The final ended in a 4-4 tie and not even overtime could separate the teams and so the fate of the cup was decided on a penalty shootout. Frankie, in net for the Storm, underdogs on the night, stopped all five of London’s penalty shots. That, coupled with Rick Brebant’s successful penalty shot was enough to win the cup for the Storm.

The knee surgery mentioned earlier sidelined Frankie for the Superleague run-in and the playoffs and he concentrated on getting fit for the next season.

Before the start of the 2000/2001 season Frankie announced that he would retire from the game once the season was over but that he was hoping to go out on a high with another championship with the Storm.

A change of coach at the Storm, Kurt Kleinendorst joined the New Jersey Devils as assistant coach and was replaced by Terry Chrsitensen, meant wholesale changes in the Storm roster with Frankie one of only 6 players from the 1999/2000 squad to be back for the new year.

The early season indications were that Frankie may be close to recapturing some of the form he had shown in the 1998/99 season - however, playing behind what was arguably the Storm’s weakest defence since their first Superleague season meant that the stats didn’t support this.

Come mid-September Frankie was once again hit by injury - suffering a groin strain. Although he did return from this injury it was aggravated during a match against Sheffield Steelers on 4 November and once again Frankie was sidelined - forced to watch from the stands. The game in Sheffield turned out to be Frankie’s last on-ice appearance as his retirement, enforced through injury, was announced on Friday 1 December.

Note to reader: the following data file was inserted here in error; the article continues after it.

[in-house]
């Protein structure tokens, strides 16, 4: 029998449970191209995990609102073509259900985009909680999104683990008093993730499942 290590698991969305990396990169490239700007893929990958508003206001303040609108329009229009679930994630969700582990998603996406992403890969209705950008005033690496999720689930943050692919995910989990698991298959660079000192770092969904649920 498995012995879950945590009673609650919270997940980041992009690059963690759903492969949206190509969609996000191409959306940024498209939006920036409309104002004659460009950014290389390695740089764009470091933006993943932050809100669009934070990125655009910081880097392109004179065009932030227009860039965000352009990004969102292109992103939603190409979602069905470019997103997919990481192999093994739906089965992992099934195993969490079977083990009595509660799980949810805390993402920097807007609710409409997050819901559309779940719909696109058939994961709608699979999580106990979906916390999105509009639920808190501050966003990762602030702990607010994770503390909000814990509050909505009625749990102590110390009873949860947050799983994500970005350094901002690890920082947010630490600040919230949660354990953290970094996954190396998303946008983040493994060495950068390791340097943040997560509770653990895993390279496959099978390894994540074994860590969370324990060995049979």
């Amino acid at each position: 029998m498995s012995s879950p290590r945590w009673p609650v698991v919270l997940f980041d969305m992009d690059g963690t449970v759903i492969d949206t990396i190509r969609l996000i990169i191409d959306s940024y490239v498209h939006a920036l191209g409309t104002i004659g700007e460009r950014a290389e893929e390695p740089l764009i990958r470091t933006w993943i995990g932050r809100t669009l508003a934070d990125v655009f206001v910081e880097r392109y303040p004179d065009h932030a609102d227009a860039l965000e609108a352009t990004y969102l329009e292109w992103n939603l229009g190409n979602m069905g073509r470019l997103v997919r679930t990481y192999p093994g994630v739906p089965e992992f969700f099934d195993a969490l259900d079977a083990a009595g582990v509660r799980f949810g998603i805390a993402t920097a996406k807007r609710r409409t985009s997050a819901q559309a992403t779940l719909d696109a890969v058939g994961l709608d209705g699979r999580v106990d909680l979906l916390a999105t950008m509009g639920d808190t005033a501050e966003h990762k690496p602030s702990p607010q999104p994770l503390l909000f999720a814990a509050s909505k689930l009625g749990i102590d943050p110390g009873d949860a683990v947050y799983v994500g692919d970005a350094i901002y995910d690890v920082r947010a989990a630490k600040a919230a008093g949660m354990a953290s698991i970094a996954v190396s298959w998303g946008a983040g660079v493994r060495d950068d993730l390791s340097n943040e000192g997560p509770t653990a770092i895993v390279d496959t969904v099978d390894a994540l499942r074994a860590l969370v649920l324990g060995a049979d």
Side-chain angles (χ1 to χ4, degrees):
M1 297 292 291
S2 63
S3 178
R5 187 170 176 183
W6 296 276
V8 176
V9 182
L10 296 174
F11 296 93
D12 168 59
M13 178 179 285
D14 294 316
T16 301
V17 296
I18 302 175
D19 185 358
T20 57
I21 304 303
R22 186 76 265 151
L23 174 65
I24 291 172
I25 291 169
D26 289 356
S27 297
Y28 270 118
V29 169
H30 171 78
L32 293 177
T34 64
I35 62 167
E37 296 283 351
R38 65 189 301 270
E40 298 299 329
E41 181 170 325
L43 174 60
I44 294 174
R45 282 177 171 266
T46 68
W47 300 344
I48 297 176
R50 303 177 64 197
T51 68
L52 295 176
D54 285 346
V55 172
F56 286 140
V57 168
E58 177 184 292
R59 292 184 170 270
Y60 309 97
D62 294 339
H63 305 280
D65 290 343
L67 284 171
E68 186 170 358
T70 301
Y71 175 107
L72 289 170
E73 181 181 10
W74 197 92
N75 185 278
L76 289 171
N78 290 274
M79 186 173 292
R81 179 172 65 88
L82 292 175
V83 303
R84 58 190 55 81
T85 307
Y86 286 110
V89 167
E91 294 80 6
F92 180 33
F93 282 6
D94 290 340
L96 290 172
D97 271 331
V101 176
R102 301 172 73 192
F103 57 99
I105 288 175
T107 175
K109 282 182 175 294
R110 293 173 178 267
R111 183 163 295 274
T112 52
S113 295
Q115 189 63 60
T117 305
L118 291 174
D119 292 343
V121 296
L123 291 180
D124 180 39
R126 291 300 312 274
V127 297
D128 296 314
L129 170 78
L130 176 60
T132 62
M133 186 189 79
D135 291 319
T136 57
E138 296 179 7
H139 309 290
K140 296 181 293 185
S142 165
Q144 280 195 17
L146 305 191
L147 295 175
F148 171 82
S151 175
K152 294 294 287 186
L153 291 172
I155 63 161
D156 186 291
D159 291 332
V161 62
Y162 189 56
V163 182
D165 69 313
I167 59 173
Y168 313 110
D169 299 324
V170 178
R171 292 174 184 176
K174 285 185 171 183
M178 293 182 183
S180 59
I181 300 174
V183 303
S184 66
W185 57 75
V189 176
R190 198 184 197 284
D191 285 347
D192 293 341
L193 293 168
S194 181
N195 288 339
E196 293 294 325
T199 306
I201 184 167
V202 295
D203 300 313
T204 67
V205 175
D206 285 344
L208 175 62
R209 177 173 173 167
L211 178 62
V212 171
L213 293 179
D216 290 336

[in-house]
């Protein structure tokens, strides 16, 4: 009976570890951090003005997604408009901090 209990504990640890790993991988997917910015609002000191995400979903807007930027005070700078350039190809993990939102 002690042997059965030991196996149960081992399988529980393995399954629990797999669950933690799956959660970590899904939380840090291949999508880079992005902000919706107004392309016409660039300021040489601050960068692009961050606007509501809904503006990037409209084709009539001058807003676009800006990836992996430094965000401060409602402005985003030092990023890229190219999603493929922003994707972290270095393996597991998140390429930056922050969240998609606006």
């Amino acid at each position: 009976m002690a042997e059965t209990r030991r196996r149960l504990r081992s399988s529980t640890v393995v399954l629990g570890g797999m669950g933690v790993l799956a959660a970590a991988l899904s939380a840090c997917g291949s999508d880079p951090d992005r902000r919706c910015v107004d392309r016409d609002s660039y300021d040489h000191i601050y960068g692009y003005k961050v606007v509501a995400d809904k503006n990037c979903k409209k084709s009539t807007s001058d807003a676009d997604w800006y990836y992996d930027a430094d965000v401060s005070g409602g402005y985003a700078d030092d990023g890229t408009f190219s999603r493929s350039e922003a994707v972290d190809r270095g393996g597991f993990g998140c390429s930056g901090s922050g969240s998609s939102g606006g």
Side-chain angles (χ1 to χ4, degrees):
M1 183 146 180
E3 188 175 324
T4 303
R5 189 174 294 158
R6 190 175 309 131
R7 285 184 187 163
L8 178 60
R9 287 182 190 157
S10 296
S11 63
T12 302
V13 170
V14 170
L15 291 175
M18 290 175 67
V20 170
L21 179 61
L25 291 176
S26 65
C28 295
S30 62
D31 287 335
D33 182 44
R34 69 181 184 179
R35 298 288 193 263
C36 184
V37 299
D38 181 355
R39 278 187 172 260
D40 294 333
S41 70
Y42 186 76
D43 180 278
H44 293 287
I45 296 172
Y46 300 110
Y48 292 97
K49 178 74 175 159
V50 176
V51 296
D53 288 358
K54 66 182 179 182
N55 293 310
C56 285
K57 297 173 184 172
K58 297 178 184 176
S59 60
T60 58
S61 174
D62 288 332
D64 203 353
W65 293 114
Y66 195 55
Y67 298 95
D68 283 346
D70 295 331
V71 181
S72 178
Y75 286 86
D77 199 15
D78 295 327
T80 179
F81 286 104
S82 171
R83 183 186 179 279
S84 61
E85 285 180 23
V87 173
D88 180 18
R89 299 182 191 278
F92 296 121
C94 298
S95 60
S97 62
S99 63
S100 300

During his shortened 2000/2001 season Frankie appeared in 15 games, posting a 3.98 GAA and a save percentage of 87.5.

Although no longer playing the game, Frankie has stated that he intends to remain involved with hockey through becoming a player agent.


In his first interview for the Manchester Storm match night programmes Frankie was asked if he had any ambitions, his answer...

“Obviously I would like to win something this year. With the team we have I think we can do it. I have a few more years left in me so to win a couple of championships would be nice.” Frank Pietrangelo, Manchester Storm Programme, 9/11/1998

Well, from where I’m sitting he did exactly that - two and a bit years, two major championships and recognition as one of the best netminders to grace the arenas of the Sekonda Superleague are achievements Frankie should be rightfully proud of.

It is unfortunate that he was forced from the game in the manner he was - he deserved the big send off he would have got from the Storm fans at the end of the season. It seems a shame that he didn’t wait a couple of days to return to Canada and say his farewells to the Storm fans at the next home game. Having said that, with some parts of the Storm faithful Frankie was a victim of his own success - having played so well in 1998/99 the fans expected this of him constantly and once he dropped below his own high standards, some fans questioned whether he should still be playing at the Storm if at all!! Such is the fickle nature of sports fans!

Those of us that were Storm fans during the 1998/99 season and beyond will never forget Frankie - he was a star on the ice, and on the odd occasions I met him off the ice, a gentleman. As the headline in Puck-Off, Storm’s 1999/2000 season fanzine, read..... God Wears #40!


Check out images of Frank during his Storm career in the Storm Years  galleries in the Images section